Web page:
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Power Outages Drive Residents to Warm Shelters in Northeast

Winter Storm
It's not home, but it's the next best thing

Over the weekend, the American Red Cross assisted thousands of people as a historic blizzard buried parts of the Northeast with several feet of snow. Sunday night, more than 1,500 people found comfort and warmth in 32 shelters in Connecticut, Massachusetts, New York and Rhode Island after the massive snowstorm cut off power.

Shelters provide a safe place for residents where they can have a warm meal and recharge cell phones and other electronics until the power returns.

Disaster Hits Home for Red Cross Staff Member

Donna Morrissey, Red Cross Blood Services employee and disaster volunteer, has responded to emergencies across the country at a moment’s notice. Most recently, Morrissey responded in New York City in the aftermath of Superstorm Sandy and spent a week in Newtown Connecticut assisting in the community after the unimaginable school shooting at Sandy Hook Elementary School.

This past weekend, Morrissey was riding out the blizzard on Cape Cod when she and a colleague lost power.

“It was 45 degrees inside and we bundled up until it was safe to get on the road. We could see our breath in the air and all we could do was hunker down and wait,” said Morrissey. “When it was safe to do so we went to a shelter to get warm and have a bite to eat.”

Once at the Nauset High School Shelter, although a victim of the storm herself, she went to work, coordinating with emergency management and partner agencies to share information with affected residents and tell the Red Cross story.

“This week, my work came full circle when I personally felt the incredible reach of the American Red Cross firsthand,” said Morrissey.

Shelter Provides the Next Best Thing to Home

Arlene and Bob Williams of West Yarmouth, Massachusetts arrived at a shelter Saturday afternoon because they too, lost power. Bob has chronic obstructive pulmonary disease, a common lung disease, and relies on an oxygen tank to breathe. The couple was staying warm by their fireplace, but ran out of wood.

Bob was struggling to breathe so the fire department brought them to the shelter at Dennis Yarmouth Regional High School. "They (Red Cross) help you,” said Bob. “They're always there when you need them." 

"It's not home, but it's the next best thing to home because it's so comfortable," added Arlene.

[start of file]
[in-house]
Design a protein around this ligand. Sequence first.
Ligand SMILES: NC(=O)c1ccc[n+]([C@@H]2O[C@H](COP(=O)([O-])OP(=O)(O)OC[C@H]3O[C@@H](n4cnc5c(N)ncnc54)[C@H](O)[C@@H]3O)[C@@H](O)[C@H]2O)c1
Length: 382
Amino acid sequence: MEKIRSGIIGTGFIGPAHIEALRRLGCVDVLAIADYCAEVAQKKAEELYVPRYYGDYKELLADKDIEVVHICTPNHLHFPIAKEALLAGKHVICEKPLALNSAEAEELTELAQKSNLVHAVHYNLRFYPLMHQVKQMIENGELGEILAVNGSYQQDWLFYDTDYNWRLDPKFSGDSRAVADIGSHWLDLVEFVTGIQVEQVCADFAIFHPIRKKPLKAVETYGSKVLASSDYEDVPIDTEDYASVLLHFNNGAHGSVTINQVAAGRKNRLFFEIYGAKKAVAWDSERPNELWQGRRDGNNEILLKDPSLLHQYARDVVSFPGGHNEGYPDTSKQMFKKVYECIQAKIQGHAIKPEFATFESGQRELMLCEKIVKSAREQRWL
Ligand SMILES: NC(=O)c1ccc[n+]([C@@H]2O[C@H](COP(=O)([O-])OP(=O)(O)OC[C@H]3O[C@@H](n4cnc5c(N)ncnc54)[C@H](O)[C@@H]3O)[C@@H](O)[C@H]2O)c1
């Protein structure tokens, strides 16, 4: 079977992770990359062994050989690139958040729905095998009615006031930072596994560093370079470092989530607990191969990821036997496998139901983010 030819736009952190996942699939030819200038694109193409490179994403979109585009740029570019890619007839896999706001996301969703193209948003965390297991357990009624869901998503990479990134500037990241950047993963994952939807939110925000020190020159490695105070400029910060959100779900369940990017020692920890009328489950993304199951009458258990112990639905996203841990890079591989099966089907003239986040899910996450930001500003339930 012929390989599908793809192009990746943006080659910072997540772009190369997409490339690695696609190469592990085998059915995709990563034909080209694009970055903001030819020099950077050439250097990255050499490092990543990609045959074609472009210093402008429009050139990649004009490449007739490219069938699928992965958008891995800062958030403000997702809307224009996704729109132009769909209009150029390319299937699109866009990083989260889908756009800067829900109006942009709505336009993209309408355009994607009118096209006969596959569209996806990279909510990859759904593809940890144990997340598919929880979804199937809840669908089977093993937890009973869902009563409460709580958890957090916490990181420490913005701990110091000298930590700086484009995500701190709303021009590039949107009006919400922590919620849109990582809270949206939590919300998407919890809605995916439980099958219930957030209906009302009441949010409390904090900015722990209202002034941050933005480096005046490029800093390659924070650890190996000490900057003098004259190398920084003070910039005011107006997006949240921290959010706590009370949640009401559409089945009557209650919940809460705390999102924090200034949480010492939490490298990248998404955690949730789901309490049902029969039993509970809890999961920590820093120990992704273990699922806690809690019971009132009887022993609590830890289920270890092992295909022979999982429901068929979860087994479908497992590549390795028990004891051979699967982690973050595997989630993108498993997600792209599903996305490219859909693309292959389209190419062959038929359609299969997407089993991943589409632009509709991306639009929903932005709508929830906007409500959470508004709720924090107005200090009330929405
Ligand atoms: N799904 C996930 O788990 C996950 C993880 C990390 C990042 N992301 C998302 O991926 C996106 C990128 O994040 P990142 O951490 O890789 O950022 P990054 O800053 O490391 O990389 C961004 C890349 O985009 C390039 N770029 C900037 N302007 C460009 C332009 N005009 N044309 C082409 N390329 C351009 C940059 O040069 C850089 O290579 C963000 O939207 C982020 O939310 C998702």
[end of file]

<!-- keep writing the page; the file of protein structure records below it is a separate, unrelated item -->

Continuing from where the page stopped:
To find a Red Cross shelter, people can download the Red Cross Hurricane app, visit the Red Cross website, call 1-800-RED CROSS (1-800-733-2767), or check local media outlets.

Snowed In? Follow Red Cross Safety Tips

The best thing people can do right now is listen to the advice of local officials and stay in a safe place until weather conditions improve and roads can be cleared. As Northeast residents dig their homes out from under the snow, the Red Cross has helpful safety tips for the tasks ahead.

  • If your power is out, avoid using candles to prevent a fire.
  • Never use a generator inside your home or garage. Place the unit away from doors, windows and vents that could allow carbon monoxide to come indoors. If your carbon monoxide alarms sounds, quickly move somewhere where you can get fresh air.
  • Keep children and pets away from anything that gets hot, such as space heaters. Turn space heaters off when you leave the room or go to sleep.
  • Keep refrigerator and freezer doors closed as much as possible. Use perishable items first. If a power outage is two hours or less, you don’t need to worry about losing perishable food items.
  • When possible, check on your neighbors.
  • If you need to be outside, protect yourself by wearing warm, loose-fitting, lightweight clothing in several layers.
  • If shoveling, consider your physical condition, the weather and the nature of the task. Get help from a neighbor or friend. Take frequent breaks and stay hydrated.
  • If you have to venture out in your vehicle, make sure you have emergency supplies: blanket, flashlight, snack bars and water.
  • Bring your pets inside.
  • If you suspect someone has hypothermia, call 9-1-1. Move the person to a warm place. Remove wet clothing, dry them off and put them in dry clothes. Warm the body gradually with blankets until help arrives.
  • Information and safety tips can also be found on our First Aid or Hurricane Apps. These free apps are available on both iPhone and Android platforms.
  • For more information, review the Red Cross Winter Storm Safety Checklist and the Power Outage Checklist to keep you and your loved ones safe in the aftermath of this weekend’s blizzard.

    About the American Red Cross:
    The American Red Cross shelters, feeds and provides emotional support to victims of disasters; supplies about 40 percent of the nation's blood; teaches skills that save lives; provides international humanitarian aid; and supports military members and their families. The Red Cross is a not-for-profit organization that depends on volunteers and the generosity of the American public to perform its mission. For more information, please visit or, or visit us on Twitter at @RedCross.